A misplaced line, badly chosen times to undress, a dramatic pause as a character is forgotten - it's all achingly funny.

Eloise Snape’s Phillipa is one character any am dram member will recognise. Phillipa’s past roles include Fanny Brice (Funny Girl), Cosette (Les Miserables) and Blanche du Bois (A Streetcar Named Desire) despite mispronouncing each word in turn. Yep, she’s that member of the am dram society, and Snape has buckets of fun with her throughout.

Metaphorically chewing the scenery in each and every moment on stage, Oxenbould’s Barney takes the form of the veteran of the amateur dramatic society. His brush with fame has instilled in him blind faith and misplaced superiority. Oxenbould’s punchy line delivery and lightning paced quips of theatrical knowledge hold the show’s biggest laughs. Through Barney, Oxenbould will drain your eyes from the laughter he extracts from them.

Where the first act falls into a dangerous ‘peanut gallery’ feeling in its very North Sydney placed jokes and one liners, it makes up for in the breadcrumbs and foundations it creates for the second act. Kilmurry and Oxenbould’s writing relies purely on the timing from the actors and their stamina to perform each role in the play to tragically comic effect. Whereas TPTGW and Noises Off get a majority of their laughs and wow factor from physical mishaps and large set pieces, Hamlington Hall succeeds in the smaller moments of comedy. A misplaced line, badly chosen times to undress, a dramatic pause as a character is forgotten - it's all achingly funny.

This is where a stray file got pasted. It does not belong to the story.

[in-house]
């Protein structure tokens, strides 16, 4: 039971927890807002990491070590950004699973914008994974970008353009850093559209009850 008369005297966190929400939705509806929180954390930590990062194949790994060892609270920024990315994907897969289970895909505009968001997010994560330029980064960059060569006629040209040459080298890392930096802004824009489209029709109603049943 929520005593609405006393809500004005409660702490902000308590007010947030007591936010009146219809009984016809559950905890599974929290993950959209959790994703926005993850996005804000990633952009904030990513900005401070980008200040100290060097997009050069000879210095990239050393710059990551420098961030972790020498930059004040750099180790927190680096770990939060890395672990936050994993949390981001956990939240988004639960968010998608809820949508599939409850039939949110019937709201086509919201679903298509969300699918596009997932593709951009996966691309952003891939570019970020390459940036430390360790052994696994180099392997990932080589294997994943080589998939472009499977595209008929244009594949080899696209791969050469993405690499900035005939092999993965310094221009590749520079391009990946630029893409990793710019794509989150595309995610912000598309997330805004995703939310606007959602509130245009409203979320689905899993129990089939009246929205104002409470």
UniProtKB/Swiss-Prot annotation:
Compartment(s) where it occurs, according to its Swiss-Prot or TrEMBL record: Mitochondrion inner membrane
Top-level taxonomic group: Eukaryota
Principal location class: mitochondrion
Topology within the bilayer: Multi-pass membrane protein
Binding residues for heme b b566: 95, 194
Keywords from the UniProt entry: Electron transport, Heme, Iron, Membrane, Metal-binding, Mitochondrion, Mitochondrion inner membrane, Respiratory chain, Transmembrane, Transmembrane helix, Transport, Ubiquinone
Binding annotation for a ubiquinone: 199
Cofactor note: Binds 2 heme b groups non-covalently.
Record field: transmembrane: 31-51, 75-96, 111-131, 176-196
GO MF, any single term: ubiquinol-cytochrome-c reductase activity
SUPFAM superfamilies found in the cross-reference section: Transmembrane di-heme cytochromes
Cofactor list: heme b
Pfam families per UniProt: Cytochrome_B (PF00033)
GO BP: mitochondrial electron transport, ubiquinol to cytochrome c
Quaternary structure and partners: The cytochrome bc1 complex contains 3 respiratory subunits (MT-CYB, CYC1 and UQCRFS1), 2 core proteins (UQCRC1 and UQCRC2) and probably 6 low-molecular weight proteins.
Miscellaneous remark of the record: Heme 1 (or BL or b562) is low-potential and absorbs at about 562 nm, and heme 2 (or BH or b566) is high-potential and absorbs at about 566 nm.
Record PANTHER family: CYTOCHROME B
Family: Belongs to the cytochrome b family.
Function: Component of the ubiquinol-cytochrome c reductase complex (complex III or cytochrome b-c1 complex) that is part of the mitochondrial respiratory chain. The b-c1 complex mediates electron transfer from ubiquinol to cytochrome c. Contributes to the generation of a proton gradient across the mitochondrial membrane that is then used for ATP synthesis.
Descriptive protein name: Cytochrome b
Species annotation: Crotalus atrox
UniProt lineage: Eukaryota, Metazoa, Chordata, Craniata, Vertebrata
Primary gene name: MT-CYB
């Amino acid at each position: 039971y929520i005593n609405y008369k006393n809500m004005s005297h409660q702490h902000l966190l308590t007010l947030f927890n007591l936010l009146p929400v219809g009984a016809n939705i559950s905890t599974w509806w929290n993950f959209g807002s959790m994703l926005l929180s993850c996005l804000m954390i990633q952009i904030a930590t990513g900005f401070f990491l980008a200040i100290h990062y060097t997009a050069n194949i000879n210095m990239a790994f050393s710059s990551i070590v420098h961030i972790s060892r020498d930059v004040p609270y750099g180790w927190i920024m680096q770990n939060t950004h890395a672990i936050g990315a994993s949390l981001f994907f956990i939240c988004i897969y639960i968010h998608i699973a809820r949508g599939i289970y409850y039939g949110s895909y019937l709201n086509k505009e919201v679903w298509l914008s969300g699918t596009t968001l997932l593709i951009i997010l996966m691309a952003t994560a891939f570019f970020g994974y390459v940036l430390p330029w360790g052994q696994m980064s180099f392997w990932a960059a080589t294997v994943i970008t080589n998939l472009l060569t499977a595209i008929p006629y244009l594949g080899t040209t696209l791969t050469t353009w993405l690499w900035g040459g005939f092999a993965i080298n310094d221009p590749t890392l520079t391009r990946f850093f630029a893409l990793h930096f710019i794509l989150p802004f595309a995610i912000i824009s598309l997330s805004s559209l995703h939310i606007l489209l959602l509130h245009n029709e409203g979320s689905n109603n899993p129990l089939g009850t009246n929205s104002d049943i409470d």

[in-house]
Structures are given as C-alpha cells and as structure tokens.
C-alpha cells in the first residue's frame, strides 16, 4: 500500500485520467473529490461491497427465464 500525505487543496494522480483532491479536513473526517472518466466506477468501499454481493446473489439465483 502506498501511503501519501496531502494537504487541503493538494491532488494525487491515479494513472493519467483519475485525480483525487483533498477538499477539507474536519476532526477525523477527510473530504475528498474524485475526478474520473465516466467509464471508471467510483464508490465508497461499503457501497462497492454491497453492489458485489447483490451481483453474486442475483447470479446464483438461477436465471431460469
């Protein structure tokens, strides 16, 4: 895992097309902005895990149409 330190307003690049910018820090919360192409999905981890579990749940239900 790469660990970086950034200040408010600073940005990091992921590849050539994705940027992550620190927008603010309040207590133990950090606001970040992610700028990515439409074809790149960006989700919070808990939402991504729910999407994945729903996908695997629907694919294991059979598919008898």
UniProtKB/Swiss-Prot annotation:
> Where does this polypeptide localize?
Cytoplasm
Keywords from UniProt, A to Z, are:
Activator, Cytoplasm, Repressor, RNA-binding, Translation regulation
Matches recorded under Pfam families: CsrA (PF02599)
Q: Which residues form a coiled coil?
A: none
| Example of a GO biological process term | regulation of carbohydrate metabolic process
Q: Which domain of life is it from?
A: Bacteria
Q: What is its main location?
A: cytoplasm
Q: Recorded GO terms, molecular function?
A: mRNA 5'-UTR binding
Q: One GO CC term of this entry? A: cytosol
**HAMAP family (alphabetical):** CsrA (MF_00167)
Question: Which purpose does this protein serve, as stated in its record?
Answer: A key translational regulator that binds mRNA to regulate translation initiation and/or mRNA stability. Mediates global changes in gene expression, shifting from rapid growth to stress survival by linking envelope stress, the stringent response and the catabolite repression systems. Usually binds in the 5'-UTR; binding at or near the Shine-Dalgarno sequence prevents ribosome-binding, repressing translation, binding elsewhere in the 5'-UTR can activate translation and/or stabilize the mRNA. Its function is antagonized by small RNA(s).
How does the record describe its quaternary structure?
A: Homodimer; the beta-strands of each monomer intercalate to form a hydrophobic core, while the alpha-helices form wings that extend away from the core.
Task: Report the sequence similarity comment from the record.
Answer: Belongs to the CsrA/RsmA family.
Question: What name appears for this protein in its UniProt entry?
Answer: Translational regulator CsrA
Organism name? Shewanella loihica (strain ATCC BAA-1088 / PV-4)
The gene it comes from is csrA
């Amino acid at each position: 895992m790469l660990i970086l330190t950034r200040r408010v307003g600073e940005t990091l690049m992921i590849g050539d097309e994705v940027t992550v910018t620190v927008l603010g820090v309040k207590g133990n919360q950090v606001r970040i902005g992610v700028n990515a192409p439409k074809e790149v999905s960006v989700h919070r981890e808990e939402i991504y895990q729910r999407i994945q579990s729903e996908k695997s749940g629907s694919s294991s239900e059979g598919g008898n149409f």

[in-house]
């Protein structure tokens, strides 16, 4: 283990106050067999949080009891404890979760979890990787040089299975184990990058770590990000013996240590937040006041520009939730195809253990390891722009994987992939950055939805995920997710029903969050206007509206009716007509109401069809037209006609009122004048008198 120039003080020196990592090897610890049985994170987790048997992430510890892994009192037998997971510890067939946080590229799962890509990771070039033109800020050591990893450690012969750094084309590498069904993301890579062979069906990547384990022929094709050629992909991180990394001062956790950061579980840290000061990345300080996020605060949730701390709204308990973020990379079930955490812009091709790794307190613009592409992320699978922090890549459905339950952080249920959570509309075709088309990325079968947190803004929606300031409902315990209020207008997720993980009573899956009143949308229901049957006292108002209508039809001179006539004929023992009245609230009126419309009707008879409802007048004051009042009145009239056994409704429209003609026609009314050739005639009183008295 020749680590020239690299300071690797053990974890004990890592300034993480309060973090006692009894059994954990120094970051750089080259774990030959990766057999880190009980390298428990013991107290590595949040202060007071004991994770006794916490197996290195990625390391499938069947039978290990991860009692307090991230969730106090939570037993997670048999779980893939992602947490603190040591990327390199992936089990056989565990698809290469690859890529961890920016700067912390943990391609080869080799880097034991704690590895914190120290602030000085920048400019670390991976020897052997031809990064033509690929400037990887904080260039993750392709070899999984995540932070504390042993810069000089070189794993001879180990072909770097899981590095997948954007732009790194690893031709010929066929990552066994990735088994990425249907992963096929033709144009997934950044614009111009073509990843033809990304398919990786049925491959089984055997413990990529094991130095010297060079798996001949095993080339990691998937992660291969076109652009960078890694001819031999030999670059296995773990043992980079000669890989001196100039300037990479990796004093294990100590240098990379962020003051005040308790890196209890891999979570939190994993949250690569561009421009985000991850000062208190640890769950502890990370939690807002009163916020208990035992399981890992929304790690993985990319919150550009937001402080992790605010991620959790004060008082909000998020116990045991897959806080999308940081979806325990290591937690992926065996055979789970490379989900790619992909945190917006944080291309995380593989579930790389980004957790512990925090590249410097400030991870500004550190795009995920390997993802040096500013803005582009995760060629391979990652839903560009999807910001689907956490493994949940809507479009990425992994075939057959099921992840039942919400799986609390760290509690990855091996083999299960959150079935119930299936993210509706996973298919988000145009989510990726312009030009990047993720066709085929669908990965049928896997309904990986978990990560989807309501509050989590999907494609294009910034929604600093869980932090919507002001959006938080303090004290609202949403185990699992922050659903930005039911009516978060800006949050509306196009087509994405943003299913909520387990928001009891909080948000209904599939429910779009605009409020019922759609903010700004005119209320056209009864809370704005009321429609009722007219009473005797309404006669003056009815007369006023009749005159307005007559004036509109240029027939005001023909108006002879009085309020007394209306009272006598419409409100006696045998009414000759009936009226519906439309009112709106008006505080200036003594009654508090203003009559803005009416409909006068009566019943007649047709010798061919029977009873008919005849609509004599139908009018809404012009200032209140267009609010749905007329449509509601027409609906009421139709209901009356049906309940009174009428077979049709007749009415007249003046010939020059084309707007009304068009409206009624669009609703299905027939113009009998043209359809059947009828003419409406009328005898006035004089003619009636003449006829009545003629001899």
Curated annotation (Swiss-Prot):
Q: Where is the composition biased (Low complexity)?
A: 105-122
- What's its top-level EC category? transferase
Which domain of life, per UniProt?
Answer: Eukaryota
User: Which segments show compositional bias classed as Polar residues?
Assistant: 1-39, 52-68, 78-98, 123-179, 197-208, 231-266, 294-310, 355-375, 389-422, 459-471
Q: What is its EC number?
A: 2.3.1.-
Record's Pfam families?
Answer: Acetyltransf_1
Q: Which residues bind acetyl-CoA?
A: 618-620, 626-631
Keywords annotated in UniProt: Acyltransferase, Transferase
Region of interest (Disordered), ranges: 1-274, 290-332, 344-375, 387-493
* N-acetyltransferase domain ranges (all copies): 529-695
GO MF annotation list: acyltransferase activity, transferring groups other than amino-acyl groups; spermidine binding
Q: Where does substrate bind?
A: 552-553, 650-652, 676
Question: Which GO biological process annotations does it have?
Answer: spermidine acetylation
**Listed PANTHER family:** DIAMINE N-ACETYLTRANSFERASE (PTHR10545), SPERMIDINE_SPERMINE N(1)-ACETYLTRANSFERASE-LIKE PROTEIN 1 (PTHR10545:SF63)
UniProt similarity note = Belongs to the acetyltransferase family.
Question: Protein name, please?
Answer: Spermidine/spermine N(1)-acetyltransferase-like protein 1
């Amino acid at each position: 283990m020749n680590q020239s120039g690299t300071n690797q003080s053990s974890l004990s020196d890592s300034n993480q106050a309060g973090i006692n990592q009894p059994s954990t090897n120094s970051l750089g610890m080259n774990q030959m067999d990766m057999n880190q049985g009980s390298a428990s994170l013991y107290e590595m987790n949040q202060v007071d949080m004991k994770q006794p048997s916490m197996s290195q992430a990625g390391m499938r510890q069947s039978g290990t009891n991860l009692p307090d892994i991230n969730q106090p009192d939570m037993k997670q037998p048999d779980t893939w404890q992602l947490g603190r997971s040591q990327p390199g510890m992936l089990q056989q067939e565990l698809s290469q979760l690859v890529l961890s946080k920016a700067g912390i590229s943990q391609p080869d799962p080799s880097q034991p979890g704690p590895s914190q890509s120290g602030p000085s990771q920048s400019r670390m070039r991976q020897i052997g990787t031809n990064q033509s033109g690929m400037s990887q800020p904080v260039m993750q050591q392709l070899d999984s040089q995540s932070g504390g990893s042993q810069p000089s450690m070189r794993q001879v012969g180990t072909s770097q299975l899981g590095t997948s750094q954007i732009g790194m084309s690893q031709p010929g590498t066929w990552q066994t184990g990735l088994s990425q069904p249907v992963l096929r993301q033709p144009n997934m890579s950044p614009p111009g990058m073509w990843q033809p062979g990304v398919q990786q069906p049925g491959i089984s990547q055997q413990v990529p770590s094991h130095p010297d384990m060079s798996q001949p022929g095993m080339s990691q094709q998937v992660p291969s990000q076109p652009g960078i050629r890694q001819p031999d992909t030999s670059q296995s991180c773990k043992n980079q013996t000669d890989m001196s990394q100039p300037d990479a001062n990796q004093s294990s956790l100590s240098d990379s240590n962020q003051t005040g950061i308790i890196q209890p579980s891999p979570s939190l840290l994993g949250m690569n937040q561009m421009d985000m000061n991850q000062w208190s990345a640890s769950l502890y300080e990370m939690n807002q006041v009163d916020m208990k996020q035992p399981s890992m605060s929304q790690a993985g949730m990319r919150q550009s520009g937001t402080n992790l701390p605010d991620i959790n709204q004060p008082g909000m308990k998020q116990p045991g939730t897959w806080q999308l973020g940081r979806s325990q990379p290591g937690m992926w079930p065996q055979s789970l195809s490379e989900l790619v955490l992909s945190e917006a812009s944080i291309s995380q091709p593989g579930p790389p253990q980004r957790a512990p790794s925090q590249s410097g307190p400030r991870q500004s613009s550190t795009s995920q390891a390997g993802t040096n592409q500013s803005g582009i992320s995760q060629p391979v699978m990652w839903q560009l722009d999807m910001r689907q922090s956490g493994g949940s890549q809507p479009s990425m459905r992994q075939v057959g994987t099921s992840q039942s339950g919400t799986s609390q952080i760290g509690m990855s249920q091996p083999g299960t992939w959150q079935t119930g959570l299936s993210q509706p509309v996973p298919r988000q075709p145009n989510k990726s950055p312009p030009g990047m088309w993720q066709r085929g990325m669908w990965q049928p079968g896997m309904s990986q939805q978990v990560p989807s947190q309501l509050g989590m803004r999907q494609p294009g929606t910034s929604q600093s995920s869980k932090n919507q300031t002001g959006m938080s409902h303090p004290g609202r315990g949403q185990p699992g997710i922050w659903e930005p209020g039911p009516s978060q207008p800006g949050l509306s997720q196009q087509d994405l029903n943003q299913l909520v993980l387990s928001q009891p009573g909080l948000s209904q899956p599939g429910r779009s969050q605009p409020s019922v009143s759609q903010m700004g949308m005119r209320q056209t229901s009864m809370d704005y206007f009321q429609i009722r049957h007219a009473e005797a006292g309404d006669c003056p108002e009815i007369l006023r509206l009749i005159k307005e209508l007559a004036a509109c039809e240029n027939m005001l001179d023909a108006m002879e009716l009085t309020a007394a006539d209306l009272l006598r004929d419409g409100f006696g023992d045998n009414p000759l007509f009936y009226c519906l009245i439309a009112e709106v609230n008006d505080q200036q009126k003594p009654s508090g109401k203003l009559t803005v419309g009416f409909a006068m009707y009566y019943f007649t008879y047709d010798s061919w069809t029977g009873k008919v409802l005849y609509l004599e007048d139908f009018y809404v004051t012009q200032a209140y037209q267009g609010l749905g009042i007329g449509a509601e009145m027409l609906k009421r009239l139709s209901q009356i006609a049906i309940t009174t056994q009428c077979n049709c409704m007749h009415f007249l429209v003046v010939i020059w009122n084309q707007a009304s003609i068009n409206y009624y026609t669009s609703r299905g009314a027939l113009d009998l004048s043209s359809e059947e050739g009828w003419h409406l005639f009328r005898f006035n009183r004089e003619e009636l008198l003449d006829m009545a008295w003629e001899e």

It would be remiss of me not to mention the moment that life imitated art as the ushers entered at the start of the second act to inform us of some technical mishaps occurring, which the audience shrugged off as being part of the show echoing into the Ensemble space. But Kilmurry’s swift, “this isn’t actually scripted” reveal, for me, simply amplified the world we were already set up to inhabit.

Midnight Murder at Hamlington Hall will bear great resemblance to other such theatrical-set farce’s for those who are already fans of the genre, whether that annoys you or not is subjective. Ultimately however, it succeeds in doing the one thing it sets out to do, give you a bloody entertaining night at the theatre. For me, this was a refreshing taste in my mouth that made me laugh in a way I haven’t all year.



Mark Kilmurry

Jamie Oxenbould


Mark Kilmurry

Assistant Director

Emma Canalese


Sam O'Sullivan

Jamie Oxenbould

Ariadne Sgouros

Eloise Snape

Set & Costume Designer

Simon Greer

Lighting Designer

Verity Hampson

Composer & Sound Designer

Daryl Wallis

Stage Manager

Erin Shaw

Assistant Stage Manager

Christopher Starnawski

Special Observer

Toby Blome

Costume Supervisor

Sara Kolijn


01 Dec 2023 - 14 Jan 2024

2hrs 8mins (including interval)

Recommended for ages 14+

Wheelchair Accessible

Hearing Loop

Audio Described (selected dates)